It’s been a week.
When you’re a fan and critic who advocates for representation, to experience a week as this feels like a mental and emotional beatdown. The landscape remains underrepresented for Black, Latinx, Middle Eastern, Asian, Indigenous, LGBTQIA+, disabled, and other minority populations. The first week of December hit me hard as a Middle Eastern and North African (MENA) fan and further illustrated how bad the film and television landscape is for people of color, even while strides are made.
A string of news stories this week highlighted the continued abysmal state of MENA representation. Despite my various issues with the movie, I was hopeful that the 2019 version of Aladdin, with its success, would result in a plethora of opportunities for the MENA actors involved. It made over a billion dollars so surely it would! In the same week that its leading man, Egyptian-Canadian Mena Massoud, revealed that he could not land a single audition after his billion-dollar movie, The Hollywood Reporter revealed that a feature on Prince Anders, the shoehorned white character in the Middle Eastern Agrabah, would have a spinoff on Disney+.
The inclusion of this character, who was essentially a version of the original’s Prince Achmed, seems like a calculated move to have this pointless spinoff. Disney executives made a movie that featured brown people and used it to create yet another white character and his feature. Massoud can’t land a single audition and his white co-star gets a show on a silver platter. This was extremely hurtful to see, and further highlights the systemic problems at Disney and other companies making these decisions. While it’s admittedly only one week of news, and the report did make note of an Aladdin 2 in talks, it is emblematic of the systemic racism that continues to pervade Hollywood. Opportunities remain abundant for white actors, but nowhere near as much for MENA peoples and other minorities.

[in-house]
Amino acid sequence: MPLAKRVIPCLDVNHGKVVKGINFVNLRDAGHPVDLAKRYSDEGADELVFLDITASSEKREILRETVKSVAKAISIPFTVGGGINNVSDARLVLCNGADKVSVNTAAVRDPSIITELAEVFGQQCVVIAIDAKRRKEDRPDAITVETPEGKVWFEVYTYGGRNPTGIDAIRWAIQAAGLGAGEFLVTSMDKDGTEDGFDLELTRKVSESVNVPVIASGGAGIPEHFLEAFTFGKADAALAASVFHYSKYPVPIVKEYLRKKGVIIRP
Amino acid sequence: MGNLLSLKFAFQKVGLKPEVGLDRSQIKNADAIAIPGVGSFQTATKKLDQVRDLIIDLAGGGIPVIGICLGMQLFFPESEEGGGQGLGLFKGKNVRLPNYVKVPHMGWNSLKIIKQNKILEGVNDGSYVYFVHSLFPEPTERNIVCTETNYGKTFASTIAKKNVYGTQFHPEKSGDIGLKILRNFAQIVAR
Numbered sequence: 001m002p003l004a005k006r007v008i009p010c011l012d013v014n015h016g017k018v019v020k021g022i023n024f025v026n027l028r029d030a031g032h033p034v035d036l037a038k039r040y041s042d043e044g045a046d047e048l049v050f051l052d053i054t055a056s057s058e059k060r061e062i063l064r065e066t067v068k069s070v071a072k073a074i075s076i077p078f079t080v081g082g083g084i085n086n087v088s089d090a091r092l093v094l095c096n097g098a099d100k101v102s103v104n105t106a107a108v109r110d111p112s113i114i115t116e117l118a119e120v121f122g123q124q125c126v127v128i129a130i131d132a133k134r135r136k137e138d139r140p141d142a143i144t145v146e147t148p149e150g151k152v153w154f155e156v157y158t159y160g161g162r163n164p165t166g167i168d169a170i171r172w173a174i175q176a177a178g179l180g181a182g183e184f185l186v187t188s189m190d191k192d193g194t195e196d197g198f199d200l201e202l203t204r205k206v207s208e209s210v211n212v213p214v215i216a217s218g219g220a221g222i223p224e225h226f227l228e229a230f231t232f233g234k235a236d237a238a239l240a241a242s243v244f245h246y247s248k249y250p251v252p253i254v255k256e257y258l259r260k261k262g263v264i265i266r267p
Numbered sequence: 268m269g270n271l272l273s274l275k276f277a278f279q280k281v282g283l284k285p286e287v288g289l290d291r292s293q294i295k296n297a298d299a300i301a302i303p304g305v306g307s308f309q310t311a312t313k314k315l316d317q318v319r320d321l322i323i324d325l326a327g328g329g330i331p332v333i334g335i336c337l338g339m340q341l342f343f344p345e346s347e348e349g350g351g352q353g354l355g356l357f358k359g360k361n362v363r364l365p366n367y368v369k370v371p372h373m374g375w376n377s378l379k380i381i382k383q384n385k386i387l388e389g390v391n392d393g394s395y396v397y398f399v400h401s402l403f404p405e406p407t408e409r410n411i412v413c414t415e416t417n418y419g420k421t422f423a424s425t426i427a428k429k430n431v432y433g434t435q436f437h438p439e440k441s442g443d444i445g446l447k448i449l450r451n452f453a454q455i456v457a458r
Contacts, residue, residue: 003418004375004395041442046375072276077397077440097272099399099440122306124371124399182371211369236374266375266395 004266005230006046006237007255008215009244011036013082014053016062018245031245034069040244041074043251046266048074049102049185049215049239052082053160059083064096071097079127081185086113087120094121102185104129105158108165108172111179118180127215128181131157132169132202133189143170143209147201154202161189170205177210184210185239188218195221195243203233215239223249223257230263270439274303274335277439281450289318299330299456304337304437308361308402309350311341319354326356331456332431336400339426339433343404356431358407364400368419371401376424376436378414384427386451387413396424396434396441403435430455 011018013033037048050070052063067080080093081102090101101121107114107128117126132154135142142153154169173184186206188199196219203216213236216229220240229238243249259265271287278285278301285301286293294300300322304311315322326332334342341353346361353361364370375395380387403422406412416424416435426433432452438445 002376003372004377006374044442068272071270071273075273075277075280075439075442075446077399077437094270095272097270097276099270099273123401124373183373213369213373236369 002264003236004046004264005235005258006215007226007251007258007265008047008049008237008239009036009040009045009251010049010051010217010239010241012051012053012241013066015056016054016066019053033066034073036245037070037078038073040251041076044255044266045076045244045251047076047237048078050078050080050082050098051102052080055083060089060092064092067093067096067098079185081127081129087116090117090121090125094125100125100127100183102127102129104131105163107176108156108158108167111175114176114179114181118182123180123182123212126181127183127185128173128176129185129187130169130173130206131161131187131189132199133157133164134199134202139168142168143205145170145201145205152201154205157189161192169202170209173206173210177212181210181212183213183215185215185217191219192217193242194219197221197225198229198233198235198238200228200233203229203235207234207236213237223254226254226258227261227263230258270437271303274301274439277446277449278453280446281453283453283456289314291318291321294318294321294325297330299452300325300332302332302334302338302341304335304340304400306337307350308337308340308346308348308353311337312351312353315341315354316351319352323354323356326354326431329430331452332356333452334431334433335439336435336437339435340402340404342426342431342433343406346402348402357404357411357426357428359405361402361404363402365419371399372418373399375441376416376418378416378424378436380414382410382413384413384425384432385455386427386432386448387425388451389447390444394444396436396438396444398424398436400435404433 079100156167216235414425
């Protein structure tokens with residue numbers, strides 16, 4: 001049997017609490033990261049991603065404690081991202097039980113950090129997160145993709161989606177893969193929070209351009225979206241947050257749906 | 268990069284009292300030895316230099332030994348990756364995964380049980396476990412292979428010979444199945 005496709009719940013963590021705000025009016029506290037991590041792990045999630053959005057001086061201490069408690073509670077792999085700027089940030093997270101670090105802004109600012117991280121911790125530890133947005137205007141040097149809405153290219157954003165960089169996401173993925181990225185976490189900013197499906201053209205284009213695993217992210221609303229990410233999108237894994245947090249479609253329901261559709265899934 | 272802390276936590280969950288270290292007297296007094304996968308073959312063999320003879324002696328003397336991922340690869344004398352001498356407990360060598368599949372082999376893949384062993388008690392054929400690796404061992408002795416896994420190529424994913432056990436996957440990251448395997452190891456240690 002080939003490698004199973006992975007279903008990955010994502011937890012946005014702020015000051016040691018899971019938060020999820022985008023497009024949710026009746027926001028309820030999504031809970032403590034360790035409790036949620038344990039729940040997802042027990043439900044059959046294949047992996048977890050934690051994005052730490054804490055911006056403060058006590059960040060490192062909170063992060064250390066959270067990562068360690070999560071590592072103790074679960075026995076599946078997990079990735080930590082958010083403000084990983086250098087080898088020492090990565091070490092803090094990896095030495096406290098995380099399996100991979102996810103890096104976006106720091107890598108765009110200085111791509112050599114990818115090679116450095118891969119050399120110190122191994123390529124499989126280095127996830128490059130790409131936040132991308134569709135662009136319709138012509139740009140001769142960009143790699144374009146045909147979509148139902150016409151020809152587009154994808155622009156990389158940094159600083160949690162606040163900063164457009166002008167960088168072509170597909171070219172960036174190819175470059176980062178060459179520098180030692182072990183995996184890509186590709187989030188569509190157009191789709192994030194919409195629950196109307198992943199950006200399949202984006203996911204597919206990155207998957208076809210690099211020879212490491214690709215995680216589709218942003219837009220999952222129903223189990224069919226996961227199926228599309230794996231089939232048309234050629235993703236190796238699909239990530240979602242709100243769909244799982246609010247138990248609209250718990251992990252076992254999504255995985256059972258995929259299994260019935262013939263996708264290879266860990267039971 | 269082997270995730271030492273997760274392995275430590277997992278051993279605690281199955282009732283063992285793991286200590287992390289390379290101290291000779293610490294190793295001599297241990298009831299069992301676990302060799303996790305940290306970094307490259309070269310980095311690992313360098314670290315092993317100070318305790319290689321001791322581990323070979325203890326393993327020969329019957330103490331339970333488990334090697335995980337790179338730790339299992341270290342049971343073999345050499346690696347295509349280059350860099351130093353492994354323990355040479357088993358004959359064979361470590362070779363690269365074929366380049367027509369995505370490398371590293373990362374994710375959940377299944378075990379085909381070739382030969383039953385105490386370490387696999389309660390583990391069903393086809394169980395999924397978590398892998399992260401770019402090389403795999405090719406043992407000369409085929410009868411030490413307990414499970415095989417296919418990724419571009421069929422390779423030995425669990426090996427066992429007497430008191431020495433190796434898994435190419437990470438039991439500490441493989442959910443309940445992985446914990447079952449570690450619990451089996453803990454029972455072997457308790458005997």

Systemically, MENA actors are not allowed to be heroes or protagonists. Even when we are, it’s often still in a white-gazed Orientalist setting. Aladdin 2019, for all its issues, at least allowed roles for MENA actors in a prominent, multi-million dollar franchise, to not be (mostly) in villainously stereotypical roles. While there was certainly Orientalism abound, at least the characters were mostly portrayed positively. That’s a break from the norm, where MENA actors in regular prominent film roles are almost non-existent, with rare exceptions like Sofia Boutella and Rami Malek. Even for these amazing North African actors, their characters are either non-MENA, white-passing or stereotypical and Orientalist roles.
In the same week as the two pieces of Aladdin news, Netflix released a trailer for their upcoming movie Messiah. This stars Belgian-Tunisian actor Mehdi Dehbi as a cult leader from Syria that a CIA officer (Michelle Monaghan) must go up against, questioning whether his threat is normal or supernatural. Besides the stereotypical undertones that are already, there’s something even more problematic, and frankly stupid, that Netflix pulled here.
Michael Petroni, the white creator of the show, and his writers decided to name Dehbi’s character “Al-Massih ad-Dajjal,” which literally is Arabic for “the false/lying Messiah,” or as better known in pop-culture, the Anti-Christ. Social media swiftly called Netflix out on this. That was apparently going to be Netflix’s “big twist” with this series. Besides the rather insulting notion that no one in their audience could possibly speak Arabic while it’s the fifth most spoken language in the world, they decided to step up on how evil they could make their Arab character. Hollywood will never depict Jesus as brown as he was, but they’ll cast a brown man to play his evil counterpart.